And when one comes to pose oneself, before a photograph, paradoxical questions: whom does this photographed face resemble? Exactly whose face is being photographed? In the end, doesn’t a photograph resemble just anyone? Well, one cannot, for all that, simply push resemblance aside like a poorly posed problem. Rather, one points a finger at Resembling as an unstable, vain, and phantasmatic temporal motion. One interrogates the drama of imaginary evidence.
For “to resemble,” or Resembling, is the name for a major concern about time in the visible. This is precisely what exposes all photographic evidence to anxiety, and beyond it, to staging, compromises, twisted meanings, and simulacra. And this is how photography circumvents itself – in its own sacrilege. It blasphemes it own evidence because evidence is diabolical. It ruins evidence, from a theater.”8

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Only through slippage may we stumble upon the uncertainty of the soul in the uncertainty of the photographic technique. Only through the facticity of the face, the “thrownness” – Heidegger’s Geworfen, which denotes the arbitrary or inscrutable nature of Dasein, being there or presence, that connects the past with the present, just as photographs do – of the individual rendered in the lines of the human face can we engage with the intractable conditions of human existence. Not a bland resemblance-filled anxiety (the hair covering the face, the face in suburban ephemera, the compressed face pressed up against the condensation-filled window), but an unstable signification that has been passionately re(as)sembled in the anxiety of photographic evidence. Only then can contemporary portrait photography make visible something of the movements of the soul, ideally.

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“Into this world we’re thrown /
Like a dog without a bone”
(Jim Morrison, Riders on the Storm, 1971)

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Dr Marcus Bunyan for the Art Blart blog.

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Footnotes

1. Burgin, Victor (ed.,). Thinking Photography. Basingstoke: Macmillan, 1982, p. 146

2. Didi-Huberman, Georges. Invention of Hysteria: Charcot and the Photographic Iconography of the Salpetriere (trans. Alisa Hartz). Cambridge, Mass.: MIT Press, 2003, p. 49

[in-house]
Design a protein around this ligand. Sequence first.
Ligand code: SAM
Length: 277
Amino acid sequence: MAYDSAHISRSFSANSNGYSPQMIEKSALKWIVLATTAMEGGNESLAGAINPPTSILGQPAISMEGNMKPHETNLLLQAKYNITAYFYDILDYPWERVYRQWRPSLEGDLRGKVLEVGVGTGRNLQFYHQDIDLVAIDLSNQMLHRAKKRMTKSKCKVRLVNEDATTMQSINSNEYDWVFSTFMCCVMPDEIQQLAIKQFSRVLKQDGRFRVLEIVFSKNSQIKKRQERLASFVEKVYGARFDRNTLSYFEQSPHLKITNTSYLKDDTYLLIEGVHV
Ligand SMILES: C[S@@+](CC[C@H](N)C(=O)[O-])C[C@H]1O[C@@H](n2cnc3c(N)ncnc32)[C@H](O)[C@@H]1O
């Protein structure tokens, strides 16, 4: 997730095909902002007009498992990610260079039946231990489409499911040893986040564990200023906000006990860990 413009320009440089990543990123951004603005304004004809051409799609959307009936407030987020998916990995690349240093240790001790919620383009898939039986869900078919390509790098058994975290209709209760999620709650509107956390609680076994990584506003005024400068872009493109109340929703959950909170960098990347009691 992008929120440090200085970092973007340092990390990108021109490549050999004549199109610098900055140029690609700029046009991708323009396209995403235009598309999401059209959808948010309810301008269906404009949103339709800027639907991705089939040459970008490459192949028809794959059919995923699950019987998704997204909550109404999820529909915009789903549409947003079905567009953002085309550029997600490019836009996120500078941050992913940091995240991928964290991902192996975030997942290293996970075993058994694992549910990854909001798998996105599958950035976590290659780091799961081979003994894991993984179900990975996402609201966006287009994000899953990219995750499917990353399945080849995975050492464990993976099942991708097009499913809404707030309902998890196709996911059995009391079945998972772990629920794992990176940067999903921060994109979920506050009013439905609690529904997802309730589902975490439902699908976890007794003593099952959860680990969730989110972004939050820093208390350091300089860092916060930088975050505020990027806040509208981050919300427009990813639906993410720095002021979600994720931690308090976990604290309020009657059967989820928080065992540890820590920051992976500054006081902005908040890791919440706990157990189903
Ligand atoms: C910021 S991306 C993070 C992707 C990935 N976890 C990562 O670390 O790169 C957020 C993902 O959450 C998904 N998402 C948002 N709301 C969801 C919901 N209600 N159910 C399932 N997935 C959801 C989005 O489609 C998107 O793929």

3. Burgin, pp.84-85

4. Virilio, Paul. “The Work of Art in the Electronic Age,” in Block No. 14, Autumn, 1988, pp.4-7 quoted in McGrath, Roberta. “Medical Police,” in Ten.8 No.14, 1984 quoted in Watney, Simon and Gupta, Sunil. “The Rhetoric of AIDS,” in Boffin, Tessa and Gupta, Sunil (eds.,). Ecstatic Antibodies: Resisting the AIDS Mythology. London: Rivers Osram Press, 1990, p.143

5. Didi-Huberman, op. cit., pp. 27-28

6. Ibid., “Coup d’oeil, signifying “glance,” literally means the “blow of an eye.” Here as elsewhere, Didi-Huberman draws on the notion of the glance as a blow. He also works with the various meanings of trait, including trait, line, draught, and shaft of an arrow” – Translator

7. Didi-Huberman, op. cit., p. 59

8. Didi-Huberman, op. cit., p. 65

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Many thankx to The Nelson-Atkins Museum of Art for allowing me to publish the photographs in the posting. Please click on the photographs for a larger version of the image.

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Rachel Herman, American 'Hannah and Tim' 2007

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Rachel Herman, American
Hannah and Tim
2007
Inkjet print (printed 2012)
Gift of the Hall Family Foundation

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Anna Shteynshleyger, Russian (b. 1977) 'City of Destiny (Covered)' 2007

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Anna Shteynshleyger, Russian (b. 1977)
City of Destiny (Covered)
2007
Inkjet print
Gift of the Hall Family Foundation

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Lise Sarfati, French (b. 1958) 'Emily, 2860 Sunset Blvd.' 2012

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Lise Sarfati, French (b. 1958)
Emily, 2860 Sunset Blvd.
2012
Chromogenic print
Gift of the Hall Family Foundation

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2011-67-54_Soth-MotherAndDaughter_front_WEB

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Alec Soth
Mother and daughter, St. Paul, Minnesota, 1999
1999

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LaToya Ruby Frazier, American (b. 1982) 'Momme' 2008

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LaToya Ruby Frazier, American (b. 1982)
Momme
2008
Gelatin silver print
Gift of the Hall Family Foundation

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“This exhibition will explore the breadth and global diversity of contemporary photographic portraiture since 2000, highlighting recent acquisitions to the museum’s permanent collection.